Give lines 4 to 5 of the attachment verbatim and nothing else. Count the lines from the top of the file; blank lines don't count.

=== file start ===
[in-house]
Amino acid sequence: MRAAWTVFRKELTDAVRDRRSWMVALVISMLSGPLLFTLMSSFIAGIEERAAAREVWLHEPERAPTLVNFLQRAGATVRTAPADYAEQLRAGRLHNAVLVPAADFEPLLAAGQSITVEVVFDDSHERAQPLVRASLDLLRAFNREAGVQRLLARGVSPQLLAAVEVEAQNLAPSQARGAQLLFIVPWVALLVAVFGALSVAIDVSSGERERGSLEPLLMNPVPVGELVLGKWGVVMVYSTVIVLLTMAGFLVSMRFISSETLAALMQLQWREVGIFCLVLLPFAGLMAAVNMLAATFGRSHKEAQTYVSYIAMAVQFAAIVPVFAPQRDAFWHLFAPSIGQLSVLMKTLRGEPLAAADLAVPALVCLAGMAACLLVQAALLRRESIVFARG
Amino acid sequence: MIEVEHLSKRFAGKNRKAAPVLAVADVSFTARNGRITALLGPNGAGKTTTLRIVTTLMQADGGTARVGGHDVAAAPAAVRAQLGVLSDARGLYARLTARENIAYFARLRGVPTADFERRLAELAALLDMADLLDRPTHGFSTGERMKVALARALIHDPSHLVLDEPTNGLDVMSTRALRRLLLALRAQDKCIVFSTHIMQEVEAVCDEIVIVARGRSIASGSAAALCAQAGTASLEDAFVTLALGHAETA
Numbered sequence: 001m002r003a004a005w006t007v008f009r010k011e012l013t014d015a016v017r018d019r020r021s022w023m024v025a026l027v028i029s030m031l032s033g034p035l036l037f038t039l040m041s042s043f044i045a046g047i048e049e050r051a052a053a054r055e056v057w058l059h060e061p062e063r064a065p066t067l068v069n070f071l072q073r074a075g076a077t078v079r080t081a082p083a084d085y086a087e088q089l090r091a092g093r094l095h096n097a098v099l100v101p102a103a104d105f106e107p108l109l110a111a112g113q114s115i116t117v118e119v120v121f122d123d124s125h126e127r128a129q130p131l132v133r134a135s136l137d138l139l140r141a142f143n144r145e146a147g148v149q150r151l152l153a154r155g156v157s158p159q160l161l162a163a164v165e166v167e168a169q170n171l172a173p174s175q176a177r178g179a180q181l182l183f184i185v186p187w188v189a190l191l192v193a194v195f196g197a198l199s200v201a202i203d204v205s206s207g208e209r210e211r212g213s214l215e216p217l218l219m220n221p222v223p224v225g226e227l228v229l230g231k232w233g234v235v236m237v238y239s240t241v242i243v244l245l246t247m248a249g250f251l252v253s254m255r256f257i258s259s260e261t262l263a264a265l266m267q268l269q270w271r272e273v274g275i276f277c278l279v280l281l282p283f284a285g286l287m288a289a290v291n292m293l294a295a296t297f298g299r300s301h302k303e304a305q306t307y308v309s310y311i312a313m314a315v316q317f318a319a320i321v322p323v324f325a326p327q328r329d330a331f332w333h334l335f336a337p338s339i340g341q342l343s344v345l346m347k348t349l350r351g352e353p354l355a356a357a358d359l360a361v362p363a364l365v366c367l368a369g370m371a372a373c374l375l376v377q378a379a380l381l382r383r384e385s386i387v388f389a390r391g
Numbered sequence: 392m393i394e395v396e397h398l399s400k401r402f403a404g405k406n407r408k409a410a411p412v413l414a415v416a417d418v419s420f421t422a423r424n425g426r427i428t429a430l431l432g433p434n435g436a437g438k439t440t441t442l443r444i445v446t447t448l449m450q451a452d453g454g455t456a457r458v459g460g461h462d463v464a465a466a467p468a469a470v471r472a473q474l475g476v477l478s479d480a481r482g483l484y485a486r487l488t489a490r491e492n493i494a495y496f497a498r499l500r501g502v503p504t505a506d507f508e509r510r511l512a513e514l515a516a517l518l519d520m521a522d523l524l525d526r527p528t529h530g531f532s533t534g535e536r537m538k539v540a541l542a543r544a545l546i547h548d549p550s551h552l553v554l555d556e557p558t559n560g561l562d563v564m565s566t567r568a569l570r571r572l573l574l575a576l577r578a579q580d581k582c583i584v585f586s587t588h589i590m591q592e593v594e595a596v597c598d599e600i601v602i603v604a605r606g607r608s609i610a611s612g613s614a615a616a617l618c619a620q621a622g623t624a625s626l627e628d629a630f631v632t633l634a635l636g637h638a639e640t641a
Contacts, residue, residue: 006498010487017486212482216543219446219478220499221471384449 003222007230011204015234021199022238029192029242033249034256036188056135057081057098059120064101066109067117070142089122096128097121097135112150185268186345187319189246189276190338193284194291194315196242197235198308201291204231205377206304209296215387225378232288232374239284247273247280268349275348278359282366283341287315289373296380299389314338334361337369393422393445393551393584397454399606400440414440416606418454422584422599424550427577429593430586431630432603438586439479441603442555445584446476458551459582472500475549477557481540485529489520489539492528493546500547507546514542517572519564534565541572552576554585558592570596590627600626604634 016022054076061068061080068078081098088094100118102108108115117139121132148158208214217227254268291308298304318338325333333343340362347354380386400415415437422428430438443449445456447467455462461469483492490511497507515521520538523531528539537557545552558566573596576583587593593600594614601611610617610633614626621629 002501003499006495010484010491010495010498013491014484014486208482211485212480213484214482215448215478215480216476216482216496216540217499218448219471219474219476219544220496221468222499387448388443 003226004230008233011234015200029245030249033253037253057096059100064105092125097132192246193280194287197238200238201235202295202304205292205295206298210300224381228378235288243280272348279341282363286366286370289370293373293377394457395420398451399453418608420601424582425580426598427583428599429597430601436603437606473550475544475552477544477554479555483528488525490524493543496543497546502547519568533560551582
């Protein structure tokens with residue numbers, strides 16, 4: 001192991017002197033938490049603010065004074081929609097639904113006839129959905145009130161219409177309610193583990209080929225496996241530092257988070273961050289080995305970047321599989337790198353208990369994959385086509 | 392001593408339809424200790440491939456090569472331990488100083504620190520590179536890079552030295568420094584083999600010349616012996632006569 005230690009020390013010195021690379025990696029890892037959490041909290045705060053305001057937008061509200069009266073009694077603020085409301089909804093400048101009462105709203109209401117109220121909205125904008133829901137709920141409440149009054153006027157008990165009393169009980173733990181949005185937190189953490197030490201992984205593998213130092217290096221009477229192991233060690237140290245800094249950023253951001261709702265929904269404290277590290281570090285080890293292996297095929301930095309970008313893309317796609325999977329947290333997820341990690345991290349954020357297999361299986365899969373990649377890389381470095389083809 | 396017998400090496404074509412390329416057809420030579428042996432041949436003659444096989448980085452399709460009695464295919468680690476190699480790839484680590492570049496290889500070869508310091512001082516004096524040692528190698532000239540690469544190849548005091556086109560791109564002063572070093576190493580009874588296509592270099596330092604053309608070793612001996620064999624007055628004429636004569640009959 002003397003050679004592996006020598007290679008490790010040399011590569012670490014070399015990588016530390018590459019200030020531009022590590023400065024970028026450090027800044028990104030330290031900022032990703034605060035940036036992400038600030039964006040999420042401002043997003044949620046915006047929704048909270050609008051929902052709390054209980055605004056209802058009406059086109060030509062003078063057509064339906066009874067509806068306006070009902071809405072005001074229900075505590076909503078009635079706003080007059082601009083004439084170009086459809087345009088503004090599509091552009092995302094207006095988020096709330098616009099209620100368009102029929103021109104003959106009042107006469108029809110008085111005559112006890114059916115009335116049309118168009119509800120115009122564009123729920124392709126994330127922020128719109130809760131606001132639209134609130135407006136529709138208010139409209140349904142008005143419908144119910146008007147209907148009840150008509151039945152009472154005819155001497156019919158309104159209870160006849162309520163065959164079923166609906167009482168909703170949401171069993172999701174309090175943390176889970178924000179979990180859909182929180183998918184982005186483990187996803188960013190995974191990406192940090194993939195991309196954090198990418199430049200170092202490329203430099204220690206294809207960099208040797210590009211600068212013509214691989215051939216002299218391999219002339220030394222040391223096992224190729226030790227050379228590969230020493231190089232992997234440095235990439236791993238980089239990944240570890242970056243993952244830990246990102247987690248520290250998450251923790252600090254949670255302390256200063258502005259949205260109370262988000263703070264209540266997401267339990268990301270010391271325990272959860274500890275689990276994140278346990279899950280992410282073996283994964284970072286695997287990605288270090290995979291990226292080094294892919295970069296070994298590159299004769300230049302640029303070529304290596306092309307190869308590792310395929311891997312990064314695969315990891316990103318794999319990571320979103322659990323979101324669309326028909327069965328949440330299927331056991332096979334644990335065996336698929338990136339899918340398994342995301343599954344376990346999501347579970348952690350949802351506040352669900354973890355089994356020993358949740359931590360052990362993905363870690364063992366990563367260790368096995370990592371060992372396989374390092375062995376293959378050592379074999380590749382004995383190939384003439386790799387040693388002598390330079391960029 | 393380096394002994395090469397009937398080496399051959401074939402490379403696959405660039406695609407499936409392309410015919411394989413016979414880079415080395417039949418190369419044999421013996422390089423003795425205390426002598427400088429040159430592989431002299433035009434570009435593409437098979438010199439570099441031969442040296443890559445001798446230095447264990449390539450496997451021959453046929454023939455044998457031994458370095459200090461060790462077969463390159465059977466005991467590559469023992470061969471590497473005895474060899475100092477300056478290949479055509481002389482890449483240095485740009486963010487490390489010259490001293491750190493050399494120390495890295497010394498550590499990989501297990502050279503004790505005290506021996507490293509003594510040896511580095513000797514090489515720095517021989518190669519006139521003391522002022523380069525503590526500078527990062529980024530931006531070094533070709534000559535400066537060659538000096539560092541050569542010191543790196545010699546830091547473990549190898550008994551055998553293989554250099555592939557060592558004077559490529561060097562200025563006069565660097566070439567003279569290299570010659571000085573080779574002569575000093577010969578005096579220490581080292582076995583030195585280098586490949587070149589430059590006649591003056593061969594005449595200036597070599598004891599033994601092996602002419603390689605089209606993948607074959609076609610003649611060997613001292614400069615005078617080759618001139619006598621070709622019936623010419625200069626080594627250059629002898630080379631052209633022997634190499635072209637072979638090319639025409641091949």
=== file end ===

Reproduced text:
Numbered sequence: 001m002r003a004a005w006t007v008f009r010k011e012l013t014d015a016v017r018d019r020r021s022w023m024v025a026l027v028i029s030m031l032s033g034p035l036l037f038t039l040m041s042s043f044i045a046g047i048e049e050r051a052a053a054r055e056v057w058l059h060e061p062e063r064a065p066t067l068v069n070f071l072q073r074a075g076a077t078v079r080t081a082p083a084d085y086a087e088q089l090r091a092g093r094l095h096n097a098v099l100v101p102a103a104d105f106e107p108l109l110a111a112g113q114s115i116t117v118e119v120v121f122d123d124s125h126e127r128a129q130p131l132v133r134a135s136l137d138l139l140r141a142f143n144r145e146a147g148v149q150r151l152l153a154r155g156v157s158p159q160l161l162a163a164v165e166v167e168a169q170n171l172a173p174s175q176a177r178g179a180q181l182l183f184i185v186p187w188v189a190l191l192v193a194v195f196g197a198l199s200v201a202i203d204v205s206s207g208e209r210e211r212g213s214l215e216p217l218l219m220n221p222v223p224v225g226e227l228v229l230g231k232w233g234v235v236m237v238y239s240t241v242i243v244l245l246t247m248a249g250f251l252v253s254m255r256f257i258s259s260e261t262l263a264a265l266m267q268l269q270w271r272e273v274g275i276f277c278l279v280l281l282p283f284a285g286l287m288a289a290v291n292m293l294a295a296t297f298g299r300s301h302k303e304a305q306t307y308v309s310y311i312a313m314a315v316q317f318a319a320i321v322p323v324f325a326p327q328r329d330a331f332w333h334l335f336a337p338s339i340g341q342l343s344v345l346m347k348t349l350r351g352e353p354l355a356a357a358d359l360a361v362p363a364l365v366c367l368a369g370m371a372a373c374l375l376v377q378a379a380l381l382r383r384e385s386i387v388f389a390r391g
Numbered sequence: 392m393i394e395v396e397h398l399s400k401r402f403a404g405k406n407r408k409a410a411p412v413l414a415v416a417d418v419s420f421t422a423r424n425g426r427i428t429a430l431l432g433p434n435g436a437g438k439t440t441t442l443r444i445v446t447t448l449m450q451a452d453g454g455t456a457r458v459g460g461h462d463v464a465a466a467p468a469a470v471r472a473q474l475g476v477l478s479d480a481r482g483l484y485a486r487l488t489a490r491e492n493i494a495y496f497a498r499l500r501g502v503p504t505a506d507f508e509r510r511l512a513e514l515a516a517l518l519d520m521a522d523l524l525d526r527p528t529h530g531f532s533t534g535e536r537m538k539v540a541l542a543r544a545l546i547h548d549p550s551h552l553v554l555d556e557p558t559n560g561l562d563v564m565s566t567r568a569l570r571r572l573l574l575a576l577r578a579q580d581k582c583i584v585f586s587t588h589i590m591q592e593v594e595a596v597c598d599e600i601v602i603v604a605r606g607r608s609i610a611s612g613s614a615a616a617l618c619a620q621a622g623t624a625s626l627e628d629a630f631v632t633l634a635l636g637h638a639e640t641a